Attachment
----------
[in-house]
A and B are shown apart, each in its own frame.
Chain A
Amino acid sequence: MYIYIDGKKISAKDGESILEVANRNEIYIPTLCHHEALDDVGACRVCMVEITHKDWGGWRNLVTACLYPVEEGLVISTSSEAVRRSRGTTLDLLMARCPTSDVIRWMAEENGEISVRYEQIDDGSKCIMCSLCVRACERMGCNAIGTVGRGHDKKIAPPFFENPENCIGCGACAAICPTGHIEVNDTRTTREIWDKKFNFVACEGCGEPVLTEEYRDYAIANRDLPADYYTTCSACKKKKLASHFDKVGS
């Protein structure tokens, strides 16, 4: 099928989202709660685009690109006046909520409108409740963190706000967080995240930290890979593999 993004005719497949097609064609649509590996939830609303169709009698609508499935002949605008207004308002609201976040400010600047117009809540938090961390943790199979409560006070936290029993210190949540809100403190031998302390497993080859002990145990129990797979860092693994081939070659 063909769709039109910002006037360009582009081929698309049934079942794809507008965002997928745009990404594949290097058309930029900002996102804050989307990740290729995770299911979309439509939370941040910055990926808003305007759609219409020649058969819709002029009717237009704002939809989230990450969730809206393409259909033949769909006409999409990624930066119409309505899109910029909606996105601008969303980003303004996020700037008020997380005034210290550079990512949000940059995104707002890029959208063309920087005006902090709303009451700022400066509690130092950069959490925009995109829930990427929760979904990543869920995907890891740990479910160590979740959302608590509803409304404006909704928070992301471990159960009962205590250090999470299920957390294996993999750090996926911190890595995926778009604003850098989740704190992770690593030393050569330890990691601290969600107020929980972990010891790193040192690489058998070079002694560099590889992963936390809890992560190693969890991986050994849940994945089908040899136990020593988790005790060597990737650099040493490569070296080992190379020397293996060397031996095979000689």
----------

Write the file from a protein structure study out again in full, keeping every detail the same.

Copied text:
[in-house]
A and B are shown apart, each in its own frame.
Chain A
Amino acid sequence: MYIYIDGKKISAKDGESILEVANRNEIYIPTLCHHEALDDVGACRVCMVEITHKDWGGWRNLVTACLYPVEEGLVISTSSEAVRRSRGTTLDLLMARCPTSDVIRWMAEENGEISVRYEQIDDGSKCIMCSLCVRACERMGCNAIGTVGRGHDKKIAPPFFENPENCIGCGACAAICPTGHIEVNDTRTTREIWDKKFNFVACEGCGEPVLTEEYRDYAIANRDLPADYYTTCSACKKKKLASHFDKVGS
């Protein structure tokens, strides 16, 4: 099928989202709660685009690109006046909520409108409740963190706000967080995240930290890979593999 993004005719497949097609064609649509590996939830609303169709009698609508499935002949605008207004308002609201976040400010600047117009809540938090961390943790199979409560006070936290029993210190949540809100403190031998302390497993080859002990145990129990797979860092693994081939070659 063909769709039109910002006037360009582009081929698309049934079942794809507008965002997928745009990404594949290097058309930029900002996102804050989307990740290729995770299911979309439509939370941040910055990926808003305007759609219409020649058969819709002029009717237009704002939809989230990450969730809206393409259909033949769909006409999409990624930066119409309505899109910029909606996105601008969303980003303004996020700037008020997380005034210290550079990512949000940059995104707002890029959208063309920087005006902090709303009451700022400066509690130092950069959490925009995109829930990427929760979904990543869920995907890891740990479910160590979740959302608590509803409304404006909704928070992301471990159960009962205590250090999470299920957390294996993999750090996926911190890595995926778009604003850098989740704190992770690593030393050569330890990691601290969600107020929980972990010891790193040192690489058998070079002694560099590889992963936390809890992560190693969890991986050994849940994945089908040899136990020593988790005790060597990737650099040493490569070296080992190379020397293996060397031996095979000689």